BY SCOTT MORGANROTH
Before you fill out your brackets here is something to keep in mind.
How much can emotion factor into whether a team makes an incredible post-season run?
In last week’s Big Ten Tournament, The Michigan Wolverines played this card all the way to a Conference Championship.
The Wolverines airplane crashed Wednesday, but thankfully nobody was hurt and the team flew out the next day to Washington D.C. where they would face Illinois in their practice jerseys on Thursday, March 9. The determined No.8 Wolverines thrashed No.9 Illinois 75-55.
Michigan arrived at the arena at about 10:35 a.m., and they were playing basketball less than two hours after that (tipoff was delayed about 20 minutes). They flew in on the Detroit Pistons Jet.
On Friday, March 10, Michigan would play in its regular jerseys and needed OT to defeat No.1 Purdue 74-70 as the ride continued.
On Saturday, March 11, the Wolverines next victim would be No.4 Minnesota as they outlasted the Golden Gophers in the semi-finals 84-77.
Championship Sunday occurred on March 12 as No.2 Wisconsin stood in the way of a conference title.
But Michigan showed a tremendous amount of resilience as the Wolverines blasted the Badgers 71-56 to earn an automatic bid to the NCAA Tournament and will now face the Oklahoma State Cowboys on Friday.
It was refreshing to see the Verizon Center in Washington, D.C., rooting for Michigan throughout the tournament, as it appeared as U-M was playing at the Crisler Center in Ann Arbor.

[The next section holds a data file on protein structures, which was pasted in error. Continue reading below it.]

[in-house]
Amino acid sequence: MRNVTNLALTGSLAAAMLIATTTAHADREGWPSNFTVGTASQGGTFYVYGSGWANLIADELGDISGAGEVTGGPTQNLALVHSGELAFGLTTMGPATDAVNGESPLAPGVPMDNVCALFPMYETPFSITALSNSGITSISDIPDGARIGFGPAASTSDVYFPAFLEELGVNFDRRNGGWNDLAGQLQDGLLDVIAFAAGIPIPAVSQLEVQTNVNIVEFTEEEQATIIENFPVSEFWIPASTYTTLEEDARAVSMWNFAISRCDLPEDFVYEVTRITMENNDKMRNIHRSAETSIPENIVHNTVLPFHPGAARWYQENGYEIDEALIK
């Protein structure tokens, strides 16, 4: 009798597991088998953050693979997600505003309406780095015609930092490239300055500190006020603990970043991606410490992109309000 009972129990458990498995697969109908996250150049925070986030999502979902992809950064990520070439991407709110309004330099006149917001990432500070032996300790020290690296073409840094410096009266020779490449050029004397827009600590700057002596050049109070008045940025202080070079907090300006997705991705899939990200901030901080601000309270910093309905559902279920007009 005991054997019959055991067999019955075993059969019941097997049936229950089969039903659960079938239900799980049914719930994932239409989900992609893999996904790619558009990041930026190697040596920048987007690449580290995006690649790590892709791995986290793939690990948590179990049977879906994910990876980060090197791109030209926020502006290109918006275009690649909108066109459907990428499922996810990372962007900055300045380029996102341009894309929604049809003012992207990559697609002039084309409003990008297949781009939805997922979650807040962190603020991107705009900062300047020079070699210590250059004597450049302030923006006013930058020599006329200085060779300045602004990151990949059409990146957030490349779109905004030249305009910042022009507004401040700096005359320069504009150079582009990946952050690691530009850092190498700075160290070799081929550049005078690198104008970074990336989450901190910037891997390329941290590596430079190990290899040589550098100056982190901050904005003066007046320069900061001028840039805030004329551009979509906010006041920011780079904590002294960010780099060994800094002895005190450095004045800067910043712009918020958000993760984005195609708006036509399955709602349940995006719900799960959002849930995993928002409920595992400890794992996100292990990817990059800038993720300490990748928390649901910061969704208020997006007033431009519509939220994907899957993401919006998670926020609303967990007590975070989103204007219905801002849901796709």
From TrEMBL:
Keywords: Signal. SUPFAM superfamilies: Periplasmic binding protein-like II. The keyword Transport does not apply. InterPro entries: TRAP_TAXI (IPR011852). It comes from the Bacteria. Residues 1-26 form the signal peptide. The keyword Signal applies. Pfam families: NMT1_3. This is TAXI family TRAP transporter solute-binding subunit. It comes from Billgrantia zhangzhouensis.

If the Big Ten was looking to expand the brand by adding Rutgers University and Maryland, the conference did exactly that in Washington D.C. opening up the East Coast Market.
The Wolverines enter the NCAA Tournament with a 24-11 record.
John Beilein is the school’s all-time winningest coach with 213 wins passing Johnny Orr and guided the team to an NCAA Finals Appearance in 2012-13, as the team was 31-8.
Beilein’s all-time coaching record stands at 689-409 with a winning percentage of .628.
Whether Beilein can work any magic in the NCAA Tournament remains to be seen.
But how far can emotion take a team into the tournament?
Lets go back to 1990 as the Wolverines had to deal with this first hand.
On March 4, 1990, Loyola Marymount University Forward Hank Gathers died during a basketball game due to a heart attack. The Lions would represent the West Coast Conference (WCC) in the NCAA Tournament.
Led by Gathers childhood friend Bo Kimble, the Lions would make an incredible run through the NCAA Tournament all the way to the Elite Eight.
That year the Wolverines were the Defending National Champions and they encountered a hungry Lions squad.
How hungry were the Lions? Loyola was coached by former Los Angeles Lakers boss Paul Westhead, who brought an explosive offense to college. Westhead ran a run-and-gun style which enabled LMU to average a Division I-record 122.4 points per game that season.
On March 18, 1990 at the NCAA West Regional in Long Beach, CA., the Lions devoured Michigan 149-115. The Wolverines simply ran into a buzz saw.
The Lions would eventually lose to eventual National Champion University of Nevada Las Vegas (UNLV) 131-101.
But it would be an incredible run for Loyola Marymount University.
Obviously, none of the current Wolverines were alive when all of this took place.
But if these kids were to look at NCAA Basketball History, the Lions tournament run was extremely special.
Fortunately for Michigan, the plane crash may have shaken these kids and their coaching staff up but, thankfully nobody was hurt.
Yet, with their success in the Big Ten Tournament, this is a great emotional adrenaline builder for the entire program.
On Saturday, March 18, this will be the 27th Anniversary of the Lions thrashing of the Wolverines.
I’m sure U-M would like to keep their magical run going past this date.
Michigan is considered a sleeper by many experts to win the NCAA Title.
I hope these experts are indeed correct and they win the NCAA Title.
Scott Morganroth can be reached at firstname.lastname@example.org.